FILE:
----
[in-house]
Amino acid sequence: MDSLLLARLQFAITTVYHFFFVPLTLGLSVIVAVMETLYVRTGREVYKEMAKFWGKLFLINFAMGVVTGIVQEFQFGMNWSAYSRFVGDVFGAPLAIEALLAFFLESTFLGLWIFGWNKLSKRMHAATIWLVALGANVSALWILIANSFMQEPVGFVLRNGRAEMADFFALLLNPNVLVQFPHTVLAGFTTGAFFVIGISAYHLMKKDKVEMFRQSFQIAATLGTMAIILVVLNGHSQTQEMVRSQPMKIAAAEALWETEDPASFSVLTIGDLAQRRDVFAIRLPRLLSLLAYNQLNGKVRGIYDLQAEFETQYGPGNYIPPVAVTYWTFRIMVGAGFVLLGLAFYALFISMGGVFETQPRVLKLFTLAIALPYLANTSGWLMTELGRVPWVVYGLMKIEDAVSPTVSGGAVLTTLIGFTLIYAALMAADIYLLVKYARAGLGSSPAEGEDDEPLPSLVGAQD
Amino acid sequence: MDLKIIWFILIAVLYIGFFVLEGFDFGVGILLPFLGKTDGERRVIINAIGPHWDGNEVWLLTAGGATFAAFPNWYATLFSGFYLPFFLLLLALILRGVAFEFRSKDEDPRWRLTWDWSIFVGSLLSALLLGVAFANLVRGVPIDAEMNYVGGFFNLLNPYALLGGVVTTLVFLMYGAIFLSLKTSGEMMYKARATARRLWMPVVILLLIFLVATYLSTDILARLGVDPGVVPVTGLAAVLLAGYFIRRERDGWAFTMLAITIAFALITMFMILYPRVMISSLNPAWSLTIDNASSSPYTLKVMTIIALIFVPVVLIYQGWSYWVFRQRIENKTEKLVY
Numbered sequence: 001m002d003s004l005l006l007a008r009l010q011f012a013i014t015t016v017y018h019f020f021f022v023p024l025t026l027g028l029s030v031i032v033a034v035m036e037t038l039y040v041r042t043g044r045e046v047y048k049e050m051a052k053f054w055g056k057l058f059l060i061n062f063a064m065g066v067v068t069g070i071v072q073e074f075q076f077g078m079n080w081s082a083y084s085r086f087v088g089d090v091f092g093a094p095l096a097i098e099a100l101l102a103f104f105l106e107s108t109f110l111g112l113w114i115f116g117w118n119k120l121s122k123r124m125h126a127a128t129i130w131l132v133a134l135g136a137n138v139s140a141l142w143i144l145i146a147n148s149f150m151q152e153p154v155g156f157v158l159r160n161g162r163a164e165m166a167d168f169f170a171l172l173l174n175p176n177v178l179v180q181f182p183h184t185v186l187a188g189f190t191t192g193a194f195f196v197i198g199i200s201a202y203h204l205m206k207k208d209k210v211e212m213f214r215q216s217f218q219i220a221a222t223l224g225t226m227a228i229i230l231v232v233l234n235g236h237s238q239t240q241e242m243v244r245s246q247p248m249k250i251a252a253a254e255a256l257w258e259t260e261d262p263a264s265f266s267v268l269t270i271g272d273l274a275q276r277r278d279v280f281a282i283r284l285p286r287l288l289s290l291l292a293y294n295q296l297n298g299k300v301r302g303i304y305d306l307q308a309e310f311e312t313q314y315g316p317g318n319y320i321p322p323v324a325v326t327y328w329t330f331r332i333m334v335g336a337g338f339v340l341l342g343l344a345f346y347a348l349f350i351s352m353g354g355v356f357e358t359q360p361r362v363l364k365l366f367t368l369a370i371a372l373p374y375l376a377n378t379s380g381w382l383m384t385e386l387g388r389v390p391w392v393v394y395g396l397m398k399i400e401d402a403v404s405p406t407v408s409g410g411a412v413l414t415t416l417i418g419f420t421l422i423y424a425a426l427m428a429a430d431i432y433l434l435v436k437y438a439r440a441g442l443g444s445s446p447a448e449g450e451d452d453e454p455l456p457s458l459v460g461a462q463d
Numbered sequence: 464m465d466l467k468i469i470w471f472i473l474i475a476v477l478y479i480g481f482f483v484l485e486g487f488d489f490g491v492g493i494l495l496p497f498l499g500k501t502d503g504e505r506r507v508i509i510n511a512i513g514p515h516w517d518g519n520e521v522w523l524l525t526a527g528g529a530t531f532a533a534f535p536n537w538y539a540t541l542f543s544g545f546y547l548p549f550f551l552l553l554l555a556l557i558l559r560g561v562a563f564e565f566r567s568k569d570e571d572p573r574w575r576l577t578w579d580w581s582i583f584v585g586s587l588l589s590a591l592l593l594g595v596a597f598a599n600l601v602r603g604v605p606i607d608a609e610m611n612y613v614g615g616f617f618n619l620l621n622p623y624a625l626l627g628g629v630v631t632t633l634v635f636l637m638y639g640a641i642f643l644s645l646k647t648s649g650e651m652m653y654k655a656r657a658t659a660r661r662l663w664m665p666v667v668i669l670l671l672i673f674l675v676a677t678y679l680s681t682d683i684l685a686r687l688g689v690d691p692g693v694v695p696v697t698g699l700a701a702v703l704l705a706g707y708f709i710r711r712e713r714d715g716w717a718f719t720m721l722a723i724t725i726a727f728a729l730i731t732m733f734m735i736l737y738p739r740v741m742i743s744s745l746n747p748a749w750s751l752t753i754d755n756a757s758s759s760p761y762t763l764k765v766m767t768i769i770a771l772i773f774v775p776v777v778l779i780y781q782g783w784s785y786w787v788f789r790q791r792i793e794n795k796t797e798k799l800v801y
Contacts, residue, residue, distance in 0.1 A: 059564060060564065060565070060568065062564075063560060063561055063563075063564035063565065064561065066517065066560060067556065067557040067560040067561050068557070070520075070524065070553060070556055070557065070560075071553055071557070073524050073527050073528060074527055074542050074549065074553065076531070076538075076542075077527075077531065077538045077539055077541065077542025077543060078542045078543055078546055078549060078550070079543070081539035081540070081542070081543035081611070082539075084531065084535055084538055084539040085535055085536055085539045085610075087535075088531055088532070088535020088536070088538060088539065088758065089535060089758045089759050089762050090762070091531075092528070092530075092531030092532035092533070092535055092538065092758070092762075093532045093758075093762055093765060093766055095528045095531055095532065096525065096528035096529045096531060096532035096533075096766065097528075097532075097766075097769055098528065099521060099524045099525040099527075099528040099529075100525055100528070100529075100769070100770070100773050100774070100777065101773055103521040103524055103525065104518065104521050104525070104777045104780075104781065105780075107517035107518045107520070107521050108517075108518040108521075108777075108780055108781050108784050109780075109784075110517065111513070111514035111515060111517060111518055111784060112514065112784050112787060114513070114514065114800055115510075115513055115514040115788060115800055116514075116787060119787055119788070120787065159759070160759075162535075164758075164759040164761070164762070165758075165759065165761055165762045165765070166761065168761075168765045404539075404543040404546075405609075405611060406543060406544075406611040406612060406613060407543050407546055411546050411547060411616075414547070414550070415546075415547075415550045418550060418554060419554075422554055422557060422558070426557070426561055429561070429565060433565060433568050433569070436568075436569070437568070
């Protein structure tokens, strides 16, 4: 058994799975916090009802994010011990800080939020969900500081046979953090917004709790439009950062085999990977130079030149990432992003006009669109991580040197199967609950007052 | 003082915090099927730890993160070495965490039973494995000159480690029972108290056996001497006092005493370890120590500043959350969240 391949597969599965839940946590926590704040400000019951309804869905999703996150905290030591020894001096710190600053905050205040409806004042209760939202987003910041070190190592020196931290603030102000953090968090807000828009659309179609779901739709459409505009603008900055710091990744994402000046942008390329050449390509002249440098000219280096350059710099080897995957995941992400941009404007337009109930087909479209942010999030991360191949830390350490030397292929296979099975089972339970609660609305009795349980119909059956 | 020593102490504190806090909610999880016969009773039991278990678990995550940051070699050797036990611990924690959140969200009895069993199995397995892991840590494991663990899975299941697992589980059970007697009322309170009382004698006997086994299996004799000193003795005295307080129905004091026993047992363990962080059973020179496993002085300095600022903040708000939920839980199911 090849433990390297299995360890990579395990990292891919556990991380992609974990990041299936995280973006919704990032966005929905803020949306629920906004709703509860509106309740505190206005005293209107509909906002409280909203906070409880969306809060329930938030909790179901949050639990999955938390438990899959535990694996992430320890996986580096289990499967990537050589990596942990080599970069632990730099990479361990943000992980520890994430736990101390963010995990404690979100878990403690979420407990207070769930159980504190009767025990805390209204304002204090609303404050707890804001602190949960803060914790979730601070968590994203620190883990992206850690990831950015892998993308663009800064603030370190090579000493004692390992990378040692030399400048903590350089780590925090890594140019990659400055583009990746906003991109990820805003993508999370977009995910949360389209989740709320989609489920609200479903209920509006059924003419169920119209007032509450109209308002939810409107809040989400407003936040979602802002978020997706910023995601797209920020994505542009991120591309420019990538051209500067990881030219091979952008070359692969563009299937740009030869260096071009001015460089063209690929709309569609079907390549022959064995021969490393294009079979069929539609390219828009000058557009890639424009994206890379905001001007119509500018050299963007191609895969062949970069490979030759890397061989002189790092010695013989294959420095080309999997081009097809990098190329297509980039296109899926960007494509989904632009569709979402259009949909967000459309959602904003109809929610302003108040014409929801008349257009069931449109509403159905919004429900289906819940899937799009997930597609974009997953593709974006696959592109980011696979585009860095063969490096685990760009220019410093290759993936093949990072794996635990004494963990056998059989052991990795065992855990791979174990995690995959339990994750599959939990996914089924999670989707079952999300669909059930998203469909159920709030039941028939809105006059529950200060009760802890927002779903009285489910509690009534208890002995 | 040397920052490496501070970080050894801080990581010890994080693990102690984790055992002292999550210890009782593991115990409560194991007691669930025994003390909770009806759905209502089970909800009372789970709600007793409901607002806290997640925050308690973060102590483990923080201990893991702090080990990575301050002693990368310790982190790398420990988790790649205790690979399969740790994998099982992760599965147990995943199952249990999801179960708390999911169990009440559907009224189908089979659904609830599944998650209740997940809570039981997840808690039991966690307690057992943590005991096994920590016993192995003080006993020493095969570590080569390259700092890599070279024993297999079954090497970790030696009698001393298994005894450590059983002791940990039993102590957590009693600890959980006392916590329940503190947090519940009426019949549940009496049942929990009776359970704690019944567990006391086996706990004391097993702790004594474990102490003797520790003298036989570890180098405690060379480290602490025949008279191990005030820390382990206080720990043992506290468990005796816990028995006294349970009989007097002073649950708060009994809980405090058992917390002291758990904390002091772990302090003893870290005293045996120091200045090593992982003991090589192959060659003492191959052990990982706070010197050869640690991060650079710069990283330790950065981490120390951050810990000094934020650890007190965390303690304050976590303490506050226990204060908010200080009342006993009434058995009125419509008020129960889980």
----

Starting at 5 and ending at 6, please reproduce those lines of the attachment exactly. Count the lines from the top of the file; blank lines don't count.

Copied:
Numbered sequence: 464m465d466l467k468i469i470w471f472i473l474i475a476v477l478y479i480g481f482f483v484l485e486g487f488d489f490g491v492g493i494l495l496p497f498l499g500k501t502d503g504e505r506r507v508i509i510n511a512i513g514p515h516w517d518g519n520e521v522w523l524l525t526a527g528g529a530t531f532a533a534f535p536n537w538y539a540t541l542f543s544g545f546y547l548p549f550f551l552l553l554l555a556l557i558l559r560g561v562a563f564e565f566r567s568k569d570e571d572p573r574w575r576l577t578w579d580w581s582i583f584v585g586s587l588l589s590a591l592l593l594g595v596a597f598a599n600l601v602r603g604v605p606i607d608a609e610m611n612y613v614g615g616f617f618n619l620l621n622p623y624a625l626l627g628g629v630v631t632t633l634v635f636l637m638y639g640a641i642f643l644s645l646k647t648s649g650e651m652m653y654k655a656r657a658t659a660r661r662l663w664m665p666v667v668i669l670l671l672i673f674l675v676a677t678y679l680s681t682d683i684l685a686r687l688g689v690d691p692g693v694v695p696v697t698g699l700a701a702v703l704l705a706g707y708f709i710r711r712e713r714d715g716w717a718f719t720m721l722a723i724t725i726a727f728a729l730i731t732m733f734m735i736l737y738p739r740v741m742i743s744s745l746n747p748a749w750s751l752t753i754d755n756a757s758s759s760p761y762t763l764k765v766m767t768i769i770a771l772i773f774v775p776v777v778l779i780y781q782g783w784s785y786w787v788f789r790q791r792i793e794n795k796t797e798k799l800v801y
Contacts, residue, residue, distance in 0.1 A: 059564060060564065060565070060568065062564075063560060063561055063563075063564035063565065064561065066517065066560060067556065067557040067560040067561050068557070070520075070524065070553060070556055070557065070560075071553055071557070073524050073527050073528060074527055074542050074549065074553065076531070076538075076542075077527075077531065077538045077539055077541065077542025077543060078542045078543055078546055078549060078550070079543070081539035081540070081542070081543035081611070082539075084531065084535055084538055084539040085535055085536055085539045085610075087535075088531055088532070088535020088536070088538060088539065088758065089535060089758045089759050089762050090762070091531075092528070092530075092531030092532035092533070092535055092538065092758070092762075093532045093758075093762055093765060093766055095528045095531055095532065096525065096528035096529045096531060096532035096533075096766065097528075097532075097766075097769055098528065099521060099524045099525040099527075099528040099529075100525055100528070100529075100769070100770070100773050100774070100777065101773055103521040103524055103525065104518065104521050104525070104777045104780075104781065105780075107517035107518045107520070107521050108517075108518040108521075108777075108780055108781050108784050109780075109784075110517065111513070111514035111515060111517060111518055111784060112514065112784050112787060114513070114514065114800055115510075115513055115514040115788060115800055116514075116787060119787055119788070120787065159759070160759075162535075164758075164759040164761070164762070165758075165759065165761055165762045165765070166761065168761075168765045404539075404543040404546075405609075405611060406543060406544075406611040406612060406613060407543050407546055411546050411547060411616075414547070414550070415546075415547075415550045418550060418554060419554075422554055422557060422558070426557070426561055429561070429565060433565060433568050433569070436568075436569070437568070